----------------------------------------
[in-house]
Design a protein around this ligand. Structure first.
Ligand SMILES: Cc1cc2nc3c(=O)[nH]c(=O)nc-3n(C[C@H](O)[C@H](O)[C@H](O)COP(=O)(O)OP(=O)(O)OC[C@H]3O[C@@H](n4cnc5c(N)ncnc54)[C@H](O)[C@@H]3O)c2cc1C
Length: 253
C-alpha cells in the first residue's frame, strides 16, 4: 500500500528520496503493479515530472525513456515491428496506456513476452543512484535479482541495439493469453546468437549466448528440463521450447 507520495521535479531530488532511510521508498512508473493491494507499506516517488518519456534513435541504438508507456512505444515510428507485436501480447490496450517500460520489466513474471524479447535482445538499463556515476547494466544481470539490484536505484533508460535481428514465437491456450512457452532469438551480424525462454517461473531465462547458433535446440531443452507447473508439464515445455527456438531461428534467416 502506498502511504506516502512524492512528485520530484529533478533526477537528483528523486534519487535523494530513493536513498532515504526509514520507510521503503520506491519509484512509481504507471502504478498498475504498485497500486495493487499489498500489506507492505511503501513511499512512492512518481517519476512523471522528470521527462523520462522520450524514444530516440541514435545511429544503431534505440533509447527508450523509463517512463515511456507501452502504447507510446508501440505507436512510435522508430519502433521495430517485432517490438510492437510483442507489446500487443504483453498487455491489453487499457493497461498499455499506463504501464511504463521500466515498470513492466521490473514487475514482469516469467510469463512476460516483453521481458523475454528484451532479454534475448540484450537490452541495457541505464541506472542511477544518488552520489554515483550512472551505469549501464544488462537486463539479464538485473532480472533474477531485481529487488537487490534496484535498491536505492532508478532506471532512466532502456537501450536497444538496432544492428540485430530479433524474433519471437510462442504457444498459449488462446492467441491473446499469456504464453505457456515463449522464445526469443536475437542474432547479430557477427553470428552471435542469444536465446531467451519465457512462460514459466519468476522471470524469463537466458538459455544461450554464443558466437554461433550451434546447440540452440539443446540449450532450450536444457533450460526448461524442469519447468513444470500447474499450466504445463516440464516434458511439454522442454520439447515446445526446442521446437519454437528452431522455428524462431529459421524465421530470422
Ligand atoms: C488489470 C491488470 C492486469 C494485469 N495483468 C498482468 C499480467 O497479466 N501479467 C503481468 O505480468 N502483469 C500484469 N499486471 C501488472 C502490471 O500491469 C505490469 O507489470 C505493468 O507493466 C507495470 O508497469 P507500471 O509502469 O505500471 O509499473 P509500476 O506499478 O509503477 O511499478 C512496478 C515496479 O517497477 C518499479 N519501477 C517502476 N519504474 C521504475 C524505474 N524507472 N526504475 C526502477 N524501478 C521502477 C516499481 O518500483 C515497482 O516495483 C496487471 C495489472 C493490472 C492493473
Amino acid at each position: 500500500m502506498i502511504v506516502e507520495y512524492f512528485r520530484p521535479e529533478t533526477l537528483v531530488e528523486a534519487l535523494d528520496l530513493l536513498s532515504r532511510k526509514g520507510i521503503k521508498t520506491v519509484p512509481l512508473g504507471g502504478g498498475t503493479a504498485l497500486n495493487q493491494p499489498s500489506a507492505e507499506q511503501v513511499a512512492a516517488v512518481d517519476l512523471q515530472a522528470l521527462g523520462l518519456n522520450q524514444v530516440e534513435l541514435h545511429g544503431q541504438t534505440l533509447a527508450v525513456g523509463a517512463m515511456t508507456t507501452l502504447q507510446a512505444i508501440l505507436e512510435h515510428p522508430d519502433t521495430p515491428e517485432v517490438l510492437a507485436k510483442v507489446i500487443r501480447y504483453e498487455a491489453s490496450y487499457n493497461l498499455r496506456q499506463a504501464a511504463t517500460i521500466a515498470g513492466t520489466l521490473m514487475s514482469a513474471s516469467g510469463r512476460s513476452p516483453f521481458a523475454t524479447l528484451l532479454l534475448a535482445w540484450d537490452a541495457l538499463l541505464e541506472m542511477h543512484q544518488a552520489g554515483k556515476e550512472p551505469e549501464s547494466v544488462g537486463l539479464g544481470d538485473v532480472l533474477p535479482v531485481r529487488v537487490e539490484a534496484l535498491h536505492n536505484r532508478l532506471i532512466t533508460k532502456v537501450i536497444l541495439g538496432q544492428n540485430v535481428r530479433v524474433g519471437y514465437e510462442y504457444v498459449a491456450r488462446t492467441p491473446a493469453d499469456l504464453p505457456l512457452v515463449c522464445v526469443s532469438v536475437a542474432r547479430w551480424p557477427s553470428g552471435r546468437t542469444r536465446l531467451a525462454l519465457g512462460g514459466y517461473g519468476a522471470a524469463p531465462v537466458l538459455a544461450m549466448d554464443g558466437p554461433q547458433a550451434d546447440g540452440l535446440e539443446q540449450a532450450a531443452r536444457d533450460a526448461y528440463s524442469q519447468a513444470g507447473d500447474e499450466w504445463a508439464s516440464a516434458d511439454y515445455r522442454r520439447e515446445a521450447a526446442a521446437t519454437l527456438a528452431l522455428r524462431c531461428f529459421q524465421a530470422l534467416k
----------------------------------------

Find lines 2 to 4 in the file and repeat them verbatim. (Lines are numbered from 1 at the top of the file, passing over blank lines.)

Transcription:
Design a protein around this ligand. Structure first.
Ligand SMILES: Cc1cc2nc3c(=O)[nH]c(=O)nc-3n(C[C@H](O)[C@H](O)[C@H](O)COP(=O)(O)OP(=O)(O)OC[C@H]3O[C@@H](n4cnc5c(N)ncnc54)[C@H](O)[C@@H]3O)c2cc1C
Length: 253